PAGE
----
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This post has the potential to be contentious. Ah well. As the poet said, if you’re not being criticized, you may not be doing much.

In my previous post, I talked very briefly about the need to always keep learning about EVE mechanics, which is mostly not a bad thing. Learning is always good, et cetera. But it does sometimes create unintended consequences, which when they are good CCP labels as “emergent game play” and when they are bad generally escalate into “EVE players are dumb” situations.

Much of this simultaneously comes from the fact of — and can be avoided through submitting to — the “science” of EVE. Very little about this game, after all, is art. In many ways, there are definite right and wrong ways to do things: much of EVE Online can be plotted on flow charts. There is a science to fitting a ship, and a science to flying it. There is a science to where this ship fits within a fleet, how that snippet of a fleet fits within a doctrine, and how that doctrine fits within a large multi-fleet armada common to sov warfare. There is a science to capturing a territory within either faction warfare or sovereignty warfare, and a science to defending it, and a science to how to conduct high-sec war declarations including short-cuts specific to all three kinds of play that experts will know how to use and novices will not.(1)

There is, in short, a science to everything in EVE.

And when players know how to use these things, we say they are “good at EVE” or “smart” and when players don’t know how to use these things, we say the opposite, including labeling them as “dumb” when the correct word is ignorant. It’s not that that they’re inherently stupid (usually), it’s simply that they are uneducated. The day they learn something new, the clock I talked about in the previous post resets and hopefully they won’t make that mistake again. Certainly, there are people in this game that insist on making the same mistakes over and over. But contrary to popular belief, many EVE players are actually pretty smart and if you explain the science of how something works to them, they’ll get it and they’ll follow it.

It’s just that in real-life science, things are documented. In EVE, the science of how to do complicated things are jealously guarded secrets used by the initiated against those who are not.

“You can affect something big, even if you’re small,” the old Goon propaganda poster promises. What it doesn’t tell you is that the knife cuts both ways. If you don’t understand the ship fitting or how to fly it, you will probably lose the ship. If you don’t understand how the fit works within a fleet or the fleet doctrine, you endanger the fleet and risk its destruction. If you don’t understand how the doctrine fits within the armada, you threaten the armada. If you don’t understand faction warfare mechanics or corp mechanics or sov mechanics… well, you potentially threaten the faction, the corp, or the alliance.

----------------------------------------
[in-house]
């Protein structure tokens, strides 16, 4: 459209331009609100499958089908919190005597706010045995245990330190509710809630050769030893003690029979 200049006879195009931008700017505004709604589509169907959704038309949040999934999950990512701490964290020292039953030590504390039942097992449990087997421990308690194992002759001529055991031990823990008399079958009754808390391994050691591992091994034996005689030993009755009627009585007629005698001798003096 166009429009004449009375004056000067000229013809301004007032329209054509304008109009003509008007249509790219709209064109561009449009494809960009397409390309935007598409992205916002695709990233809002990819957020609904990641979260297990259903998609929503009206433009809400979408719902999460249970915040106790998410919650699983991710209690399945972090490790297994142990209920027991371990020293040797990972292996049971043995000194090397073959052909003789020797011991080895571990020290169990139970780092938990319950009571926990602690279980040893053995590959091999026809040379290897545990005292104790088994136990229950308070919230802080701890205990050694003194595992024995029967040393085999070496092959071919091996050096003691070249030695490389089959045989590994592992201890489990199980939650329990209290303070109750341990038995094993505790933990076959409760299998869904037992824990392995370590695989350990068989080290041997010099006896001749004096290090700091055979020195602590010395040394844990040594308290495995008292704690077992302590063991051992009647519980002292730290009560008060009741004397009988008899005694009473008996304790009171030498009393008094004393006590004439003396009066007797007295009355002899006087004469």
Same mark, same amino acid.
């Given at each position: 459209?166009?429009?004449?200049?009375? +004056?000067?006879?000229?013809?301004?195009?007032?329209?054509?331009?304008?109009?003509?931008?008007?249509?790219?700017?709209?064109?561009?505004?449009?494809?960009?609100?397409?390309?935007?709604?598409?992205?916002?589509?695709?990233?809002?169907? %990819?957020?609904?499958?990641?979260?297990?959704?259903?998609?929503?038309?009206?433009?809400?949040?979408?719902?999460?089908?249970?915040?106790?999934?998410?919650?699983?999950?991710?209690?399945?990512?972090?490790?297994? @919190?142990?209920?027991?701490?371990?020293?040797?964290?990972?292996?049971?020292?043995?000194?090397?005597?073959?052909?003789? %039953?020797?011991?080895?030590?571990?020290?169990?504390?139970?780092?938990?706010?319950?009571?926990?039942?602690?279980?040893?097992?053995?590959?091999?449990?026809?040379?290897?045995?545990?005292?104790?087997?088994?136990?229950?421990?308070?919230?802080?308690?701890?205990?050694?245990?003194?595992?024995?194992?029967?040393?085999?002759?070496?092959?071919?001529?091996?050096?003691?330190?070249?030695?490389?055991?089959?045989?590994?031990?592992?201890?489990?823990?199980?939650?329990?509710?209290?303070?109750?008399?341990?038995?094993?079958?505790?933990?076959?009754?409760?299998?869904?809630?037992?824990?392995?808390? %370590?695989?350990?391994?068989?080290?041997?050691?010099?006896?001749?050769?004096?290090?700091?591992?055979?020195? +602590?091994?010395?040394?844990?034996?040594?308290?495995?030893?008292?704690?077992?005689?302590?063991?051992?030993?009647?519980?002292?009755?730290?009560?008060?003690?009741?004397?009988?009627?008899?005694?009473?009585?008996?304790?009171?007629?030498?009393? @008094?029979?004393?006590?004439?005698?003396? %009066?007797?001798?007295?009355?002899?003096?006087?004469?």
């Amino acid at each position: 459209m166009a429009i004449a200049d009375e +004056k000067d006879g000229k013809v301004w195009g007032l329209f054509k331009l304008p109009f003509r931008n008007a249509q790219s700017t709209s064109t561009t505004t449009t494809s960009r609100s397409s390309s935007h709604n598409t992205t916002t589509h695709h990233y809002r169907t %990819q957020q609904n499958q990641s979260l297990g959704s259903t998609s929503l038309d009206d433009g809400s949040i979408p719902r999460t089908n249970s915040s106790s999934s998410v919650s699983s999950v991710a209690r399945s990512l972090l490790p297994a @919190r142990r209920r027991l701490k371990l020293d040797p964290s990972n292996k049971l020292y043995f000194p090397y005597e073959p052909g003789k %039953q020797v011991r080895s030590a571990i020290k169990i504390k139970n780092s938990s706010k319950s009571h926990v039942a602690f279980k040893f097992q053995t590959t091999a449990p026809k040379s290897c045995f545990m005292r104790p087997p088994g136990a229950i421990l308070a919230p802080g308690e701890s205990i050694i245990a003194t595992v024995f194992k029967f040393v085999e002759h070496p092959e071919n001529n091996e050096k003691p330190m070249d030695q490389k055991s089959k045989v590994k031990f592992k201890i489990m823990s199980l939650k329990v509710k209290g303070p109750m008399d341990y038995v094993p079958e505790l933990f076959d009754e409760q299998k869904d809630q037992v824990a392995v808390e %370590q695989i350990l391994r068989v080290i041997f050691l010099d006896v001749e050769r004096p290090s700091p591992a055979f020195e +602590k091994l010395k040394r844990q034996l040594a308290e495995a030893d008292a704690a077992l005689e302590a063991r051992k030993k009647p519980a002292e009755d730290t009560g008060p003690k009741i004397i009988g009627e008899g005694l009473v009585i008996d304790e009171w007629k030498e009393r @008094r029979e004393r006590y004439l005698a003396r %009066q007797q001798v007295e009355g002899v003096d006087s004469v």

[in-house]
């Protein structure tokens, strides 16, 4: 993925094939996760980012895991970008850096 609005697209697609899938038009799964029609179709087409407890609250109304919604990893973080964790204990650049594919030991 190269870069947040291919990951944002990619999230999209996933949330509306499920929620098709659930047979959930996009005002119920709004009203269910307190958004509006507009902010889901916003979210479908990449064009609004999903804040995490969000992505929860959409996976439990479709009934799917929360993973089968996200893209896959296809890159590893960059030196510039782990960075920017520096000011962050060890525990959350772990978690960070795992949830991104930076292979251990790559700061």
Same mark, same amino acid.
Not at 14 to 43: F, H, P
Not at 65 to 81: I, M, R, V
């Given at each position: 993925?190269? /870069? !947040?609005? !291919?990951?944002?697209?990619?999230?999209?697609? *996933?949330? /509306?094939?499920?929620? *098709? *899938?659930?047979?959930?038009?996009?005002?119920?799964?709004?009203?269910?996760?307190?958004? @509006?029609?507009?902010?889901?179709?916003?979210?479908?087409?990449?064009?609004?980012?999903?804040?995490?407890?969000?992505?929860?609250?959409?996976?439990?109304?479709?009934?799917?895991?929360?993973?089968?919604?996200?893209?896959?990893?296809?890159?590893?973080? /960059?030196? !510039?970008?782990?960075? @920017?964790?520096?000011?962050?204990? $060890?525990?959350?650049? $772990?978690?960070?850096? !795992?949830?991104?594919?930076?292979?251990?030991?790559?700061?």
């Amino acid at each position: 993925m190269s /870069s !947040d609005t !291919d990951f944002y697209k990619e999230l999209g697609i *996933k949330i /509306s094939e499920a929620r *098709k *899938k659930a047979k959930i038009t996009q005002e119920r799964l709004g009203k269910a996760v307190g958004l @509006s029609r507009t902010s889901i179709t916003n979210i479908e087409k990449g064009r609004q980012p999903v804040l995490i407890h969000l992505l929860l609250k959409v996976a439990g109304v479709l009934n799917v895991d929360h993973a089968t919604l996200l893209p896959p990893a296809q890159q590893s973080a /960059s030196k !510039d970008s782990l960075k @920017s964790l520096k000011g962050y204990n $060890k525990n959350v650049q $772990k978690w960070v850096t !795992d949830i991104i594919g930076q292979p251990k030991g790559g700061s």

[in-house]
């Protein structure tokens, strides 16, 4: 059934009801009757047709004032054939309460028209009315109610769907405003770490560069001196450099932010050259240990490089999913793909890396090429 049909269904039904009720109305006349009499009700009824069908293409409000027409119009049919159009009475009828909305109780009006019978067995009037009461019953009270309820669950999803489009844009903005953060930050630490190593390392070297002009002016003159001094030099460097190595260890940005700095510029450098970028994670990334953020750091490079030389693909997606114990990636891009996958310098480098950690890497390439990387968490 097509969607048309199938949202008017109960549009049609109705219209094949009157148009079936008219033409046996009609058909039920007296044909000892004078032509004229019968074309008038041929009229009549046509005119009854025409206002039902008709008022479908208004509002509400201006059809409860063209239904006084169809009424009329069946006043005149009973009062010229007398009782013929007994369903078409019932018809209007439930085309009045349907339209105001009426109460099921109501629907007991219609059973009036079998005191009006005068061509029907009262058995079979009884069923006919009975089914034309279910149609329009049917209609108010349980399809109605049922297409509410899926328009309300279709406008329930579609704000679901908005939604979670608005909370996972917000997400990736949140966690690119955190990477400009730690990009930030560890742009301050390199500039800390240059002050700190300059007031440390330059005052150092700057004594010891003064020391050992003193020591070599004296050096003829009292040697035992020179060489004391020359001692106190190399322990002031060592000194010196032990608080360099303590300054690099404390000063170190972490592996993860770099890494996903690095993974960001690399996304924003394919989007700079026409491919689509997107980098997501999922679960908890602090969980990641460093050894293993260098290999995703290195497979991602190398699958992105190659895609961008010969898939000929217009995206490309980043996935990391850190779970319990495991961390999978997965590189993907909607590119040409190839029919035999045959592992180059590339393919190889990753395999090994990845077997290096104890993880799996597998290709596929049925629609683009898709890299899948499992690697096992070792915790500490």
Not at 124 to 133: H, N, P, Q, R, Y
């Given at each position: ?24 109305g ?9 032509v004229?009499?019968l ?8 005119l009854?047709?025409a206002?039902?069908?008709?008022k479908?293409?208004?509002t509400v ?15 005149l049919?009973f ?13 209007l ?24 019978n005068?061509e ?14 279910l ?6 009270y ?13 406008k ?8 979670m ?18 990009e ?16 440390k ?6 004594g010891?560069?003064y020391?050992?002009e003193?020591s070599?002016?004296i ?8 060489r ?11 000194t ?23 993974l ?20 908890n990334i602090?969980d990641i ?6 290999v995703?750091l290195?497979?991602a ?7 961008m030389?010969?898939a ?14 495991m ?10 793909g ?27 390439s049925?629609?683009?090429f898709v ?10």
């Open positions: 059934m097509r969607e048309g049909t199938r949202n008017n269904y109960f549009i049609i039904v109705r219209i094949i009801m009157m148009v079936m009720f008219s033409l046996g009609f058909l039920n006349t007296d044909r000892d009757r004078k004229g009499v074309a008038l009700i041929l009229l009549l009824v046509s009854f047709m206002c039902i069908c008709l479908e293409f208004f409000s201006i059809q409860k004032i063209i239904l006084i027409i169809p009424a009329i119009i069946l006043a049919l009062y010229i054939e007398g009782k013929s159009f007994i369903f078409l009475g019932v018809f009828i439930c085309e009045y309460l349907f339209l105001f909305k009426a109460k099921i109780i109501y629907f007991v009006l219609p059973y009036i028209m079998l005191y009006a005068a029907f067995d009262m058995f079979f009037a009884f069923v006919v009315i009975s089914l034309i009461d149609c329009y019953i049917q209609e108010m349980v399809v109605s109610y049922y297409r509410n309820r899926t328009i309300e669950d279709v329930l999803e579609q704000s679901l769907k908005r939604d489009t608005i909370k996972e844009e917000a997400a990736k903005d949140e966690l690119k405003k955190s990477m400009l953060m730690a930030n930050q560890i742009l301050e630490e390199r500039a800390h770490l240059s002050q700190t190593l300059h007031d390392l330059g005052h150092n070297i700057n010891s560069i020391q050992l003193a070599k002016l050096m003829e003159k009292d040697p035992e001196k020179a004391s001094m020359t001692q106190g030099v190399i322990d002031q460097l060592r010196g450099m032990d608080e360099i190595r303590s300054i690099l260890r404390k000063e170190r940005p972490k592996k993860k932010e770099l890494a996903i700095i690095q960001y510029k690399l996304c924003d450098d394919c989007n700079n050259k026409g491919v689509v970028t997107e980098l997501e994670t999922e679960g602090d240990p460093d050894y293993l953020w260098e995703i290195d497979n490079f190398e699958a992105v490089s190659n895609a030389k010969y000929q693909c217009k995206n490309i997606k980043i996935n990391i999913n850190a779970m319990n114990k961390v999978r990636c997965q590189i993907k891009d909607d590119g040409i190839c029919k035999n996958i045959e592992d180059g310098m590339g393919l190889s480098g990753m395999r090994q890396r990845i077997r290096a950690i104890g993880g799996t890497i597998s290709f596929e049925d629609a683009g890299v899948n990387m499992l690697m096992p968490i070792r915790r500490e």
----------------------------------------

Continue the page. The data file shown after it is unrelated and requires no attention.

For every story of a hero newbie tackling a high value target, there’s another story of a newbie whose name is mud who bubbled a friendly capital or super-capital… or got an alliance’s wallet and assets stolen.

And when the newer player makes a mistake that affects something big, it’s never the newer player that pays the price. The new player loses a dictor. It’s the vets that trusted him that lose billions. Or hundreds of billions.

And when the newer player falls prey to the dark side of the science of EVE, we bitter-vets are always quick to throw out the “dumb” label: he was dumb to fly that ship, he was dumb to get into fleet without understanding what he was doing, he was dumb to mess with corp mechanics without understanding them, he was dumb to trust Scooter McCabe. And if all else fails, the bully’s accusation comes out, that the vet was dumb to trust the new player.

But was he dumb? Or merely uneducated?

And then we bemoan how few content creators — or “instigators” as CCP Seagull calls them — there are in this game. With so much science to learn and understand, and with the slightest mistake being picked up on and exploited, it doesn’t surprise me a single little bit that there are so few. Who wants to take that risk in such a risk averse game?

I suspect we lose a lot of EVE players and potential EVE players and a lot of potential content creators to the science of EVE.

(1) Examples: using SBUs to “blockade” your own space as a defensive measure, the old dec-shields used in high-sec, placing your ESS in a spot inaccessible to anything but a fleet, and other such tactics.

– Ripard Teg

If you would like to read more we invite you to visit his blog here.

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